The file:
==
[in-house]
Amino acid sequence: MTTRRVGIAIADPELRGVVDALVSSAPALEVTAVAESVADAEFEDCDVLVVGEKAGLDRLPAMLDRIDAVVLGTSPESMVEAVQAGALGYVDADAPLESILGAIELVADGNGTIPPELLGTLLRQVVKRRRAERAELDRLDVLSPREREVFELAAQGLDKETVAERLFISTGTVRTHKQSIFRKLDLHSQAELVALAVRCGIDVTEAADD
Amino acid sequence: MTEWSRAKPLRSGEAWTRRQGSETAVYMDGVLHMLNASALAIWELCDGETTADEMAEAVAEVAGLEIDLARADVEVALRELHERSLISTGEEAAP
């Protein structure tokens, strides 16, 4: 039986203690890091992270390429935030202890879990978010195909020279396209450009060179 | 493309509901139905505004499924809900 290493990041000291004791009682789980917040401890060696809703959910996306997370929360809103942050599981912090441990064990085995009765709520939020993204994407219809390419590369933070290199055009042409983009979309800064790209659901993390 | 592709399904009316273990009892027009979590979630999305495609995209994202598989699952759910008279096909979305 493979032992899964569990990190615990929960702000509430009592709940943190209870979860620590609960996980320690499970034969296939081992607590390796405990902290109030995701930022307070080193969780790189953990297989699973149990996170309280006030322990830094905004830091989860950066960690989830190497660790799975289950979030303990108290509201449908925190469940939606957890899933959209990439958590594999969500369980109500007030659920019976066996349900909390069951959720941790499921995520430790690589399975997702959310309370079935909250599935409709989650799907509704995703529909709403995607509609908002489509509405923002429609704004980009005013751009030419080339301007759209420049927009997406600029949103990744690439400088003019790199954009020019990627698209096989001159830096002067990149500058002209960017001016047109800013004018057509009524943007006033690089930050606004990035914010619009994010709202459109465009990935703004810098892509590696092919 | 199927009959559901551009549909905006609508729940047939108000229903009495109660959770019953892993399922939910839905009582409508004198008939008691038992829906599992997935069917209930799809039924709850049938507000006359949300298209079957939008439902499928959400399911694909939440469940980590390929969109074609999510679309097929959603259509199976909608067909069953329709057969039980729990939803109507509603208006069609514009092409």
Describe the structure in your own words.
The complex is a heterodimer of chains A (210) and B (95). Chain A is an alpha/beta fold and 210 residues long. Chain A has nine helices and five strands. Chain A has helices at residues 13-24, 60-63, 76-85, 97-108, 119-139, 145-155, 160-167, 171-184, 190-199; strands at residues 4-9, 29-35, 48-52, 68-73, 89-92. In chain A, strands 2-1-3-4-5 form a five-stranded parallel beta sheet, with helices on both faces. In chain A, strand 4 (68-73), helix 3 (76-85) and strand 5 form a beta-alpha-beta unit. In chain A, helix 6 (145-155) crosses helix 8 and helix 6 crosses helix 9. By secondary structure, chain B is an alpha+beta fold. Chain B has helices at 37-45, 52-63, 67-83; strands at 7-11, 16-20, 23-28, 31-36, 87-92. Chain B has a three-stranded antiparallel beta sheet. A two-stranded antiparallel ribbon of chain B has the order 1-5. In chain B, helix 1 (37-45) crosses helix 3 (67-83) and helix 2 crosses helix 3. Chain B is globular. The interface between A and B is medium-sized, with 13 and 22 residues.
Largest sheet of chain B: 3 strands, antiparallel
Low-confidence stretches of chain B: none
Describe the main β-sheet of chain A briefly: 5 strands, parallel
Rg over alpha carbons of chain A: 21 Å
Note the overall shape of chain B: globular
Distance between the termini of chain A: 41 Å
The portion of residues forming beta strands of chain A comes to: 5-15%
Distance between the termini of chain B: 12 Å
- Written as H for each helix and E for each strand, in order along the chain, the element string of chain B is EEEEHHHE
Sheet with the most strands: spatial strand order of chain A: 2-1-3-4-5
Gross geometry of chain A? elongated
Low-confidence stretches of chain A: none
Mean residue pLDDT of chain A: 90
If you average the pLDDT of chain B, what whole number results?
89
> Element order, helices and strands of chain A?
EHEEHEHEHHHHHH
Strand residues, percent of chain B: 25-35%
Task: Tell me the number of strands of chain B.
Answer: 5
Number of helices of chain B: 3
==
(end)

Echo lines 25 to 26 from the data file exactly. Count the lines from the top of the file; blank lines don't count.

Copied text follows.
Task: Tell me the number of strands of chain B.
Answer: 5